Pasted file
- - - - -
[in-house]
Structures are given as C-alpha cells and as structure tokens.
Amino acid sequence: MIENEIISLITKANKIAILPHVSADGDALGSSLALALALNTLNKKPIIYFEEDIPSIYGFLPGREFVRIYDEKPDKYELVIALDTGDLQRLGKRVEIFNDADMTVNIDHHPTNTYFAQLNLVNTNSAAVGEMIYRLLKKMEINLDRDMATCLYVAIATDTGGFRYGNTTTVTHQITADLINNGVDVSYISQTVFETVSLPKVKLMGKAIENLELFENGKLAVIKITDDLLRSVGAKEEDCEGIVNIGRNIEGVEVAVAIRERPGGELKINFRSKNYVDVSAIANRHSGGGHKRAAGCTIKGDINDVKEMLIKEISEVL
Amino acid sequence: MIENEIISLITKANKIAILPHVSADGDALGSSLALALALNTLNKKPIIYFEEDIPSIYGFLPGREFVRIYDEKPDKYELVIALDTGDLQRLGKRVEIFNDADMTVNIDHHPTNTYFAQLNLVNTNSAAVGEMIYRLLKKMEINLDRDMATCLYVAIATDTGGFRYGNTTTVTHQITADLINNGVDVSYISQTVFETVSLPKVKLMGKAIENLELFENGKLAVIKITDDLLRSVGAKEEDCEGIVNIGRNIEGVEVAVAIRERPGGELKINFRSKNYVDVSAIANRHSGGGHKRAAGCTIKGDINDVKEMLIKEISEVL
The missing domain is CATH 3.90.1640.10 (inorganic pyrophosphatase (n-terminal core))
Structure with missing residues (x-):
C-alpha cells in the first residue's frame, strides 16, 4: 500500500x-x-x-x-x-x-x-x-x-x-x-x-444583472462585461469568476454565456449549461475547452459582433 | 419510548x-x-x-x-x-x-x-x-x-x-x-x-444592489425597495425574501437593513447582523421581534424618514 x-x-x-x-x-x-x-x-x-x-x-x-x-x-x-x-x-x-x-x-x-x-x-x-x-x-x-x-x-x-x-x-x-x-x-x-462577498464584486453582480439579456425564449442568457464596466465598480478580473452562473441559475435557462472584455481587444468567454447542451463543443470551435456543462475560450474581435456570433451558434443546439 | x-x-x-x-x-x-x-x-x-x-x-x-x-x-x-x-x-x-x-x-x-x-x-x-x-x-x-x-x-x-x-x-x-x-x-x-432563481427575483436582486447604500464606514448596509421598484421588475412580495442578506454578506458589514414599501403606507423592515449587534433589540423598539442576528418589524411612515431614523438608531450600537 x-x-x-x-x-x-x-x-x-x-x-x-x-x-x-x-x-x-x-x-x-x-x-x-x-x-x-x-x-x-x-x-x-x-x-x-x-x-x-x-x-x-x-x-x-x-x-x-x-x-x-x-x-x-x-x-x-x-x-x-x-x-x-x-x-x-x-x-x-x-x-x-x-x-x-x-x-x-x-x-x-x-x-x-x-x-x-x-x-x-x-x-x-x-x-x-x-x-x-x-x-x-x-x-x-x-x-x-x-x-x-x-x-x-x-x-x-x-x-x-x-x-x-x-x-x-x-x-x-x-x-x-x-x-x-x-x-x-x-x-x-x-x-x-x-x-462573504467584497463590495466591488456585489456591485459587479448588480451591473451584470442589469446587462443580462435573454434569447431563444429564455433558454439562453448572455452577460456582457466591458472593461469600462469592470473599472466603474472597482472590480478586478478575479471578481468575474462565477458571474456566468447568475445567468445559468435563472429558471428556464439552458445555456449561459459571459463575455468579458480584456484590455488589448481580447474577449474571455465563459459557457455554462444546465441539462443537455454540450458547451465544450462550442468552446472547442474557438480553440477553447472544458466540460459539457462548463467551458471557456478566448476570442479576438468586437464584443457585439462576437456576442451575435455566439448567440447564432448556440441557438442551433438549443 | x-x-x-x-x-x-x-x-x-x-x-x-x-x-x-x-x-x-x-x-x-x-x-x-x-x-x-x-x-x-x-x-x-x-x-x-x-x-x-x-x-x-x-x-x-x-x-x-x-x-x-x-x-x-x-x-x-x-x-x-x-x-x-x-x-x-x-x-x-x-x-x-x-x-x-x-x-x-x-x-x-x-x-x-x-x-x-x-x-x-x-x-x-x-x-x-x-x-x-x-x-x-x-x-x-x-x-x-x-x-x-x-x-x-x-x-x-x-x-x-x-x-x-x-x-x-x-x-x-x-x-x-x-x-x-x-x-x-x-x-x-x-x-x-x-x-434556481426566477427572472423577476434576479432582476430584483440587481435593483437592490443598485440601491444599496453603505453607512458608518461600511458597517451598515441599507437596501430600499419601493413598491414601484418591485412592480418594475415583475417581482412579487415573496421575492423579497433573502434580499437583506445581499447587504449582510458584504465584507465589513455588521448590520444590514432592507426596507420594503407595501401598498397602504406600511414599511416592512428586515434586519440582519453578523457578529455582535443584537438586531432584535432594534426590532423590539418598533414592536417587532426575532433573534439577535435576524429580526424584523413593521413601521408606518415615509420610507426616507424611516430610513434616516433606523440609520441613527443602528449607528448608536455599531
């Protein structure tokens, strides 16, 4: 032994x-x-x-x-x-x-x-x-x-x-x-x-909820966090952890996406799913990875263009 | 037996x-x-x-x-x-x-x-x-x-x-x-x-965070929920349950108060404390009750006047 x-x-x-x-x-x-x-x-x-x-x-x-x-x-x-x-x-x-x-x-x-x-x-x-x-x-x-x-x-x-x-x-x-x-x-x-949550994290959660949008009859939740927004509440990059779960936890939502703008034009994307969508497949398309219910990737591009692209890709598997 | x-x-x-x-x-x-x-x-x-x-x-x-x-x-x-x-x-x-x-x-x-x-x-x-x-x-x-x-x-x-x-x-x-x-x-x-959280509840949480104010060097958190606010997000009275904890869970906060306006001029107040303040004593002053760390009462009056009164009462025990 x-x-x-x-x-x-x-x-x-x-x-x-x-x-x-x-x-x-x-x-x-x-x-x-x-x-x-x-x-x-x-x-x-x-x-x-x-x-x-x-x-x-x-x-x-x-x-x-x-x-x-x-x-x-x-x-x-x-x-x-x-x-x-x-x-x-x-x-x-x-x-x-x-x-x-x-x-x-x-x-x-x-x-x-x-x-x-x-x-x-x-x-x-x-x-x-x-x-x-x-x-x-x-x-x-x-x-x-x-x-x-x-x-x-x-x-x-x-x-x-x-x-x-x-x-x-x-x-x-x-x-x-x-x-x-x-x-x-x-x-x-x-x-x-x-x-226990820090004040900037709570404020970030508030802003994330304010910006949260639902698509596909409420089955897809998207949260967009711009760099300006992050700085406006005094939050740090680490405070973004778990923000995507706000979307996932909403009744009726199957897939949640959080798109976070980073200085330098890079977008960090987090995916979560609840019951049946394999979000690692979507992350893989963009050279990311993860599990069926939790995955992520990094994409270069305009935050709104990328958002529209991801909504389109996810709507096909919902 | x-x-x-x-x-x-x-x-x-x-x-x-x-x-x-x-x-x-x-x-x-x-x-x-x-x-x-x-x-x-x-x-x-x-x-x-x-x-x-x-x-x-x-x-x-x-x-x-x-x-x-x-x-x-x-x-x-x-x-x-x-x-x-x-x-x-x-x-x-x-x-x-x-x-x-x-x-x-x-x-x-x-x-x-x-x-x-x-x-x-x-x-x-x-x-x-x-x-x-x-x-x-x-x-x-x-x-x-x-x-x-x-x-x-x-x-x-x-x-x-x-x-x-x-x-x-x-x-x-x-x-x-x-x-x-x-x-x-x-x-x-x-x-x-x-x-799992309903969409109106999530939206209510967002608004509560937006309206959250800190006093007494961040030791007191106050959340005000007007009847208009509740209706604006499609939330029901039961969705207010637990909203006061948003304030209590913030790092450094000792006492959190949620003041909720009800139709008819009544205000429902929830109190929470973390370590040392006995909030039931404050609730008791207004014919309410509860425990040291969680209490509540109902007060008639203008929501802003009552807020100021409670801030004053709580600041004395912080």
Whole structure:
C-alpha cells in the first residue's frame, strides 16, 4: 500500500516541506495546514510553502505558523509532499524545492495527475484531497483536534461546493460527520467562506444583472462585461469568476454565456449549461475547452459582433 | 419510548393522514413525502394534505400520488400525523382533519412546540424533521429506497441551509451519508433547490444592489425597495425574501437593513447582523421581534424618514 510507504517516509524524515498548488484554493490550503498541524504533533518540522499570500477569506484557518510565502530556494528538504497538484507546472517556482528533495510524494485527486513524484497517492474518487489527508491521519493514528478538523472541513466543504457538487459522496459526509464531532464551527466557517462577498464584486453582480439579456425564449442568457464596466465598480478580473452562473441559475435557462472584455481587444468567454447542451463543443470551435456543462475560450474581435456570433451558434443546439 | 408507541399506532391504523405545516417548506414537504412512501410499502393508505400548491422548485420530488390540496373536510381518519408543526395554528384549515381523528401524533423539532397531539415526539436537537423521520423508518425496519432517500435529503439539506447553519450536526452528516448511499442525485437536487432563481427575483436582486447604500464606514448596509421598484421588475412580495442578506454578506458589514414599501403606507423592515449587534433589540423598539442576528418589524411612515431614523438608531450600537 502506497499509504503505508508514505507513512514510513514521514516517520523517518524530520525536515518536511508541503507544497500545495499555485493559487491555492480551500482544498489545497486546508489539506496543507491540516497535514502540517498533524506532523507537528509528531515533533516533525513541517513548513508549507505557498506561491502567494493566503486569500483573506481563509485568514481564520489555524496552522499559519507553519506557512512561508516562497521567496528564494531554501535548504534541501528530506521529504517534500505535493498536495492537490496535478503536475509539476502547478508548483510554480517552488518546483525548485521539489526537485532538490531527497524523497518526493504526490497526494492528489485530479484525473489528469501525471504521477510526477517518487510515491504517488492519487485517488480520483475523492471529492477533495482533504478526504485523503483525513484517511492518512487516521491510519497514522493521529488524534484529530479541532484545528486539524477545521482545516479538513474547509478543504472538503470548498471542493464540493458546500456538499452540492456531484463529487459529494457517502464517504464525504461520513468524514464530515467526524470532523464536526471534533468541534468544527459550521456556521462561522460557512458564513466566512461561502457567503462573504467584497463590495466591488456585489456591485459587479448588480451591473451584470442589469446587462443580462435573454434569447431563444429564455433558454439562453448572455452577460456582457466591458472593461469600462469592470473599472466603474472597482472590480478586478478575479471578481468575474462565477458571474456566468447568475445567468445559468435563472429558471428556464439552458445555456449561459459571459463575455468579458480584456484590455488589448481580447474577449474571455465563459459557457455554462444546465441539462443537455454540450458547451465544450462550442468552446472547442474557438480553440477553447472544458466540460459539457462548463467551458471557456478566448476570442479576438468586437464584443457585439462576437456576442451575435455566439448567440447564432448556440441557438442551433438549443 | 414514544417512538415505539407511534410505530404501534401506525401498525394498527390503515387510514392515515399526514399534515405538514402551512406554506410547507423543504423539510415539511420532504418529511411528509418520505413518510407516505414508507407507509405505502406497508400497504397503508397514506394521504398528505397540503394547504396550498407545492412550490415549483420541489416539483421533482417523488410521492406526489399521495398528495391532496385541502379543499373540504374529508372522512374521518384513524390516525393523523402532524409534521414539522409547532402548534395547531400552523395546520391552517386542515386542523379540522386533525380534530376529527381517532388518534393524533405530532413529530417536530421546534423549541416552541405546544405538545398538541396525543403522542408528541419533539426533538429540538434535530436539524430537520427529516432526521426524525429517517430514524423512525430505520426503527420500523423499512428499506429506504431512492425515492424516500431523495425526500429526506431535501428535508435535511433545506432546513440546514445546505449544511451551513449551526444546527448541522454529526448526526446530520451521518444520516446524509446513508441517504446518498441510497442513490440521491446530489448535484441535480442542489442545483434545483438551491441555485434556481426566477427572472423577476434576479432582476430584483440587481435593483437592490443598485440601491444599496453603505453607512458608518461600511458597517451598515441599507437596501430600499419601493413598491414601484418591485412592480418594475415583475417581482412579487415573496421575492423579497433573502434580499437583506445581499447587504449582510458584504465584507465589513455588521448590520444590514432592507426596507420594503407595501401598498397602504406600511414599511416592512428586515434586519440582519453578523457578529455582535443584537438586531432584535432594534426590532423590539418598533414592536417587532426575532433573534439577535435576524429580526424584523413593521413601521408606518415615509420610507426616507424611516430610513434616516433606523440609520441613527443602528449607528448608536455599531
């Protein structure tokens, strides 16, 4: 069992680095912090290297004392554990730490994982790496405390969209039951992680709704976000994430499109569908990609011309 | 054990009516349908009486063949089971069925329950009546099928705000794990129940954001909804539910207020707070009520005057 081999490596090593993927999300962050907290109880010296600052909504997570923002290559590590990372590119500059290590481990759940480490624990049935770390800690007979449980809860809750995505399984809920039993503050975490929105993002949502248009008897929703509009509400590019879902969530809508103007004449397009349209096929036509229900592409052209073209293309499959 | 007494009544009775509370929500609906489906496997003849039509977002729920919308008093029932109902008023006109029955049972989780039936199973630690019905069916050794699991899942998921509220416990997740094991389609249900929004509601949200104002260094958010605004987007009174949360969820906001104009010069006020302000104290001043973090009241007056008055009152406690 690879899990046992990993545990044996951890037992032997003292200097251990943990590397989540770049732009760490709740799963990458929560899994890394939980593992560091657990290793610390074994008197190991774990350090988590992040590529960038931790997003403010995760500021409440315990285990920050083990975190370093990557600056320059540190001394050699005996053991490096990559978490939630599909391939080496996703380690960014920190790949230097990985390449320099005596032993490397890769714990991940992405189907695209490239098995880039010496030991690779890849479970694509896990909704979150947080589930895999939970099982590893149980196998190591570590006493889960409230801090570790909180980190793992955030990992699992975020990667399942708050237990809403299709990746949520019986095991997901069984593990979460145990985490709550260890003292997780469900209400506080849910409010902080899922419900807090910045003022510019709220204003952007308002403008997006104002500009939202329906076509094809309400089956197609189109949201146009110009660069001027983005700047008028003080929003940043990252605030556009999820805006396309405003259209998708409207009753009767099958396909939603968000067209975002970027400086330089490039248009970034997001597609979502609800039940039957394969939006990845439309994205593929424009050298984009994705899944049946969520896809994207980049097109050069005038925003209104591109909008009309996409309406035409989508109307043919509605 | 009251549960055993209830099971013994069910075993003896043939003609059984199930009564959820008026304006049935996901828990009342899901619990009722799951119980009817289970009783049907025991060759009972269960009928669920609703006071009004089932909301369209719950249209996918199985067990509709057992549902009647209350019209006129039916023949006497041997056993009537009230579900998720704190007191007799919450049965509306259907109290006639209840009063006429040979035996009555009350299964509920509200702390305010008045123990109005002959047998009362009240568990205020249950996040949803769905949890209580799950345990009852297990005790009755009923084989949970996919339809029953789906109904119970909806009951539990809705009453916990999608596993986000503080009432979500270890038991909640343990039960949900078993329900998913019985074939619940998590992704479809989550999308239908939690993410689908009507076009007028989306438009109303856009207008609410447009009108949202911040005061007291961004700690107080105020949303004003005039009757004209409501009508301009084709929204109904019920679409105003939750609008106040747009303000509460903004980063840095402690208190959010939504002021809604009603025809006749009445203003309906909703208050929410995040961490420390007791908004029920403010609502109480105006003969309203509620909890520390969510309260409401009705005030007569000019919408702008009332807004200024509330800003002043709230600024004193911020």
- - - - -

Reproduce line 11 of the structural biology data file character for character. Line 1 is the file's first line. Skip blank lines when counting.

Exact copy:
């Protein structure tokens, strides 16, 4: 069992680095912090290297004392554990730490994982790496405390969209039951992680709704976000994430499109569908990609011309 | 054990009516349908009486063949089971069925329950009546099928705000794990129940954001909804539910207020707070009520005057 081999490596090593993927999300962050907290109880010296600052909504997570923002290559590590990372590119500059290590481990759940480490624990049935770390800690007979449980809860809750995505399984809920039993503050975490929105993002949502248009008897929703509009509400590019879902969530809508103007004449397009349209096929036509229900592409052209073209293309499959 | 007494009544009775509370929500609906489906496997003849039509977002729920919308008093029932109902008023006109029955049972989780039936199973630690019905069916050794699991899942998921509220416990997740094991389609249900929004509601949200104002260094958010605004987007009174949360969820906001104009010069006020302000104290001043973090009241007056008055009152406690 690879899990046992990993545990044996951890037992032997003292200097251990943990590397989540770049732009760490709740799963990458929560899994890394939980593992560091657990290793610390074994008197190991774990350090988590992040590529960038931790997003403010995760500021409440315990285990920050083990975190370093990557600056320059540190001394050699005996053991490096990559978490939630599909391939080496996703380690960014920190790949230097990985390449320099005596032993490397890769714990991940992405189907695209490239098995880039010496030991690779890849479970694509896990909704979150947080589930895999939970099982590893149980196998190591570590006493889960409230801090570790909180980190793992955030990992699992975020990667399942708050237990809403299709990746949520019986095991997901069984593990979460145990985490709550260890003292997780469900209400506080849910409010902080899922419900807090910045003022510019709220204003952007308002403008997006104002500009939202329906076509094809309400089956197609189109949201146009110009660069001027983005700047008028003080929003940043990252605030556009999820805006396309405003259209998708409207009753009767099958396909939603968000067209975002970027400086330089490039248009970034997001597609979502609800039940039957394969939006990845439309994205593929424009050298984009994705899944049946969520896809994207980049097109050069005038925003209104591109909008009309996409309406035409989508109307043919509605 | 009251549960055993209830099971013994069910075993003896043939003609059984199930009564959820008026304006049935996901828990009342899901619990009722799951119980009817289970009783049907025991060759009972269960009928669920609703006071009004089932909301369209719950249209996918199985067990509709057992549902009647209350019209006129039916023949006497041997056993009537009230579900998720704190007191007799919450049965509306259907109290006639209840009063006429040979035996009555009350299964509920509200702390305010008045123990109005002959047998009362009240568990205020249950996040949803769905949890209580799950345990009852297990005790009755009923084989949970996919339809029953789906109904119970909806009951539990809705009453916990999608596993986000503080009432979500270890038991909640343990039960949900078993329900998913019985074939619940998590992704479809989550999308239908939690993410689908009507076009007028989306438009109303856009207008609410447009009108949202911040005061007291961004700690107080105020949303004003005039009757004209409501009508301009084709929204109904019920679409105003939750609008106040747009303000509460903004980063840095402690208190959010939504002021809604009603025809006749009445203003309906909703208050929410995040961490420390007791908004029920403010609502109480105006003969309203509620909890520390969510309260409401009705005030007569000019919408702008009332807004200024509330800003002043709230600024004193911020």